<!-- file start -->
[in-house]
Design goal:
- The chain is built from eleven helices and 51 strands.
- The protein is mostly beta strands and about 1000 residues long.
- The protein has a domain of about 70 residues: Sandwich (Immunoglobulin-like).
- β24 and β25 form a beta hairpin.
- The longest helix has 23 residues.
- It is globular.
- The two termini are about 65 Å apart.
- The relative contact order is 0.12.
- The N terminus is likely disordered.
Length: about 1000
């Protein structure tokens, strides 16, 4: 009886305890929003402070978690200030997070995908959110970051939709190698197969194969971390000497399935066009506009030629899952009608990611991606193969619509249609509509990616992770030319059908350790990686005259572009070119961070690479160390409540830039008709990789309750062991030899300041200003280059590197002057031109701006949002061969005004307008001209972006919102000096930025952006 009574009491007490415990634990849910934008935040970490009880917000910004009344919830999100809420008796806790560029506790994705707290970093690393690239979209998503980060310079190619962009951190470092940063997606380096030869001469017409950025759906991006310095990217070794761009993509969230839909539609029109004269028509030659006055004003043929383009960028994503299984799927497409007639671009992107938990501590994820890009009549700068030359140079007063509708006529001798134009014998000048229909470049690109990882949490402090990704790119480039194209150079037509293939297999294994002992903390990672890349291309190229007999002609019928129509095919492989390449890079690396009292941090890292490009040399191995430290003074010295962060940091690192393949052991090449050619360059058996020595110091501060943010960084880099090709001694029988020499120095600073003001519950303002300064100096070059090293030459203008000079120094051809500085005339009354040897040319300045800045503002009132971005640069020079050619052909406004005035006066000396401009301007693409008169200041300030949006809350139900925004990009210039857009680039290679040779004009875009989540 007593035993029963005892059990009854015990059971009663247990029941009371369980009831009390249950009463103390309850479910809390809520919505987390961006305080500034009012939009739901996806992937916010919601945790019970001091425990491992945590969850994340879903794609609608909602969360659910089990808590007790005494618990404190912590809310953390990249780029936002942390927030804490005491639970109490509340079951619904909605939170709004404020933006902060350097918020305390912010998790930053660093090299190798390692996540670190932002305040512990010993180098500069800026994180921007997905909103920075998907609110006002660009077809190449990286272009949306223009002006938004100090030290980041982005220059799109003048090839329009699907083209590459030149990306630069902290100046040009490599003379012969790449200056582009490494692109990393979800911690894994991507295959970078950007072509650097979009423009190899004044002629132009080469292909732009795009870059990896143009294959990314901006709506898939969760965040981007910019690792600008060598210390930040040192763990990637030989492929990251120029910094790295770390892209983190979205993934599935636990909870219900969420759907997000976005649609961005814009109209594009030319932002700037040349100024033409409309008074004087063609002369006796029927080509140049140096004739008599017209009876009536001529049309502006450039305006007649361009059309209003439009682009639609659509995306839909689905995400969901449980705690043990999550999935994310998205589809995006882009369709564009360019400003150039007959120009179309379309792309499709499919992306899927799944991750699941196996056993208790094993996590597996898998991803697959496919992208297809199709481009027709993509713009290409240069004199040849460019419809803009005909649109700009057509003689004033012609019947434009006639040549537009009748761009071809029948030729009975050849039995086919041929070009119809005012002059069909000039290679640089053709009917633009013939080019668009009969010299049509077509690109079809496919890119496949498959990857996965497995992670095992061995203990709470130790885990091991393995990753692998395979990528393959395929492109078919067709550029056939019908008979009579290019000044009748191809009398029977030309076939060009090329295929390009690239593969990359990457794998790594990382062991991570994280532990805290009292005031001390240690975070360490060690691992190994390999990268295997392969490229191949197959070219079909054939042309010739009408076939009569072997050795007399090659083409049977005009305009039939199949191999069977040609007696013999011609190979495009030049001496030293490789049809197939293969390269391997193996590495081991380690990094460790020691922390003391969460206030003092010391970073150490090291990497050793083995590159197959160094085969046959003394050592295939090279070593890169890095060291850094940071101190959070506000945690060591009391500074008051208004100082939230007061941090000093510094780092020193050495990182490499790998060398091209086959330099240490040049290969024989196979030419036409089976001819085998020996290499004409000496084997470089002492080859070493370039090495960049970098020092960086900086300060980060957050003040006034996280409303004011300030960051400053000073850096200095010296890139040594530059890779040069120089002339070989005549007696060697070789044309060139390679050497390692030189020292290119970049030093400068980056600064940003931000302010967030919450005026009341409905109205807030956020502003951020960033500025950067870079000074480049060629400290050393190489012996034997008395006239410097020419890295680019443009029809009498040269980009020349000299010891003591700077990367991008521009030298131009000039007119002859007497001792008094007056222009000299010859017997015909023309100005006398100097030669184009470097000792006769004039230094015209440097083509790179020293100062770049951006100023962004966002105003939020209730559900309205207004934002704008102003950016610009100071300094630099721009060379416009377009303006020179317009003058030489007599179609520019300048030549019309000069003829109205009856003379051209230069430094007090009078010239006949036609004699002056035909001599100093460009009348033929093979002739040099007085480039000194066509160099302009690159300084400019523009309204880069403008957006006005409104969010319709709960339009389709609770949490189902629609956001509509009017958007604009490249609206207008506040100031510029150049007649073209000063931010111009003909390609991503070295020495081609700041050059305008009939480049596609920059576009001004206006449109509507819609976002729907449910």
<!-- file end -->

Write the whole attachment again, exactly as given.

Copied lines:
[in-house]
Design goal:
- The chain is built from eleven helices and 51 strands.
- The protein is mostly beta strands and about 1000 residues long.
- The protein has a domain of about 70 residues: Sandwich (Immunoglobulin-like).
- β24 and β25 form a beta hairpin.
- The longest helix has 23 residues.
- It is globular.
- The two termini are about 65 Å apart.
- The relative contact order is 0.12.
- The N terminus is likely disordered.
Length: about 1000
């Protein structure tokens, strides 16, 4: 009886305890929003402070978690200030997070995908959110970051939709190698197969194969971390000497399935066009506009030629899952009608990611991606193969619509249609509509990616992770030319059908350790990686005259572009070119961070690479160390409540830039008709990789309750062991030899300041200003280059590197002057031109701006949002061969005004307008001209972006919102000096930025952006 009574009491007490415990634990849910934008935040970490009880917000910004009344919830999100809420008796806790560029506790994705707290970093690393690239979209998503980060310079190619962009951190470092940063997606380096030869001469017409950025759906991006310095990217070794761009993509969230839909539609029109004269028509030659006055004003043929383009960028994503299984799927497409007639671009992107938990501590994820890009009549700068030359140079007063509708006529001798134009014998000048229909470049690109990882949490402090990704790119480039194209150079037509293939297999294994002992903390990672890349291309190229007999002609019928129509095919492989390449890079690396009292941090890292490009040399191995430290003074010295962060940091690192393949052991090449050619360059058996020595110091501060943010960084880099090709001694029988020499120095600073003001519950303002300064100096070059090293030459203008000079120094051809500085005339009354040897040319300045800045503002009132971005640069020079050619052909406004005035006066000396401009301007693409008169200041300030949006809350139900925004990009210039857009680039290679040779004009875009989540 007593035993029963005892059990009854015990059971009663247990029941009371369980009831009390249950009463103390309850479910809390809520919505987390961006305080500034009012939009739901996806992937916010919601945790019970001091425990491992945590969850994340879903794609609608909602969360659910089990808590007790005494618990404190912590809310953390990249780029936002942390927030804490005491639970109490509340079951619904909605939170709004404020933006902060350097918020305390912010998790930053660093090299190798390692996540670190932002305040512990010993180098500069800026994180921007997905909103920075998907609110006002660009077809190449990286272009949306223009002006938004100090030290980041982005220059799109003048090839329009699907083209590459030149990306630069902290100046040009490599003379012969790449200056582009490494692109990393979800911690894994991507295959970078950007072509650097979009423009190899004044002629132009080469292909732009795009870059990896143009294959990314901006709506898939969760965040981007910019690792600008060598210390930040040192763990990637030989492929990251120029910094790295770390892209983190979205993934599935636990909870219900969420759907997000976005649609961005814009109209594009030319932002700037040349100024033409409309008074004087063609002369006796029927080509140049140096004739008599017209009876009536001529049309502006450039305006007649361009059309209003439009682009639609659509995306839909689905995400969901449980705690043990999550999935994310998205589809995006882009369709564009360019400003150039007959120009179309379309792309499709499919992306899927799944991750699941196996056993208790094993996590597996898998991803697959496919992208297809199709481009027709993509713009290409240069004199040849460019419809803009005909649109700009057509003689004033012609019947434009006639040549537009009748761009071809029948030729009975050849039995086919041929070009119809005012002059069909000039290679640089053709009917633009013939080019668009009969010299049509077509690109079809496919890119496949498959990857996965497995992670095992061995203990709470130790885990091991393995990753692998395979990528393959395929492109078919067709550029056939019908008979009579290019000044009748191809009398029977030309076939060009090329295929390009690239593969990359990457794998790594990382062991991570994280532990805290009292005031001390240690975070360490060690691992190994390999990268295997392969490229191949197959070219079909054939042309010739009408076939009569072997050795007399090659083409049977005009305009039939199949191999069977040609007696013999011609190979495009030049001496030293490789049809197939293969390269391997193996590495081991380690990094460790020691922390003391969460206030003092010391970073150490090291990497050793083995590159197959160094085969046959003394050592295939090279070593890169890095060291850094940071101190959070506000945690060591009391500074008051208004100082939230007061941090000093510094780092020193050495990182490499790998060398091209086959330099240490040049290969024989196979030419036409089976001819085998020996290499004409000496084997470089002492080859070493370039090495960049970098020092960086900086300060980060957050003040006034996280409303004011300030960051400053000073850096200095010296890139040594530059890779040069120089002339070989005549007696060697070789044309060139390679050497390692030189020292290119970049030093400068980056600064940003931000302010967030919450005026009341409905109205807030956020502003951020960033500025950067870079000074480049060629400290050393190489012996034997008395006239410097020419890295680019443009029809009498040269980009020349000299010891003591700077990367991008521009030298131009000039007119002859007497001792008094007056222009000299010859017997015909023309100005006398100097030669184009470097000792006769004039230094015209440097083509790179020293100062770049951006100023962004966002105003939020209730559900309205207004934002704008102003950016610009100071300094630099721009060379416009377009303006020179317009003058030489007599179609520019300048030549019309000069003829109205009856003379051209230069430094007090009078010239006949036609004699002056035909001599100093460009009348033929093979002739040099007085480039000194066509160099302009690159300084400019523009309204880069403008957006006005409104969010319709709960339009389709609770949490189902629609956001509509009017958007604009490249609206207008506040100031510029150049007649073209000063931010111009003909390609991503070295020495081609700041050059305008009939480049596609920059576009001004206006449109509507819609976002729907449910």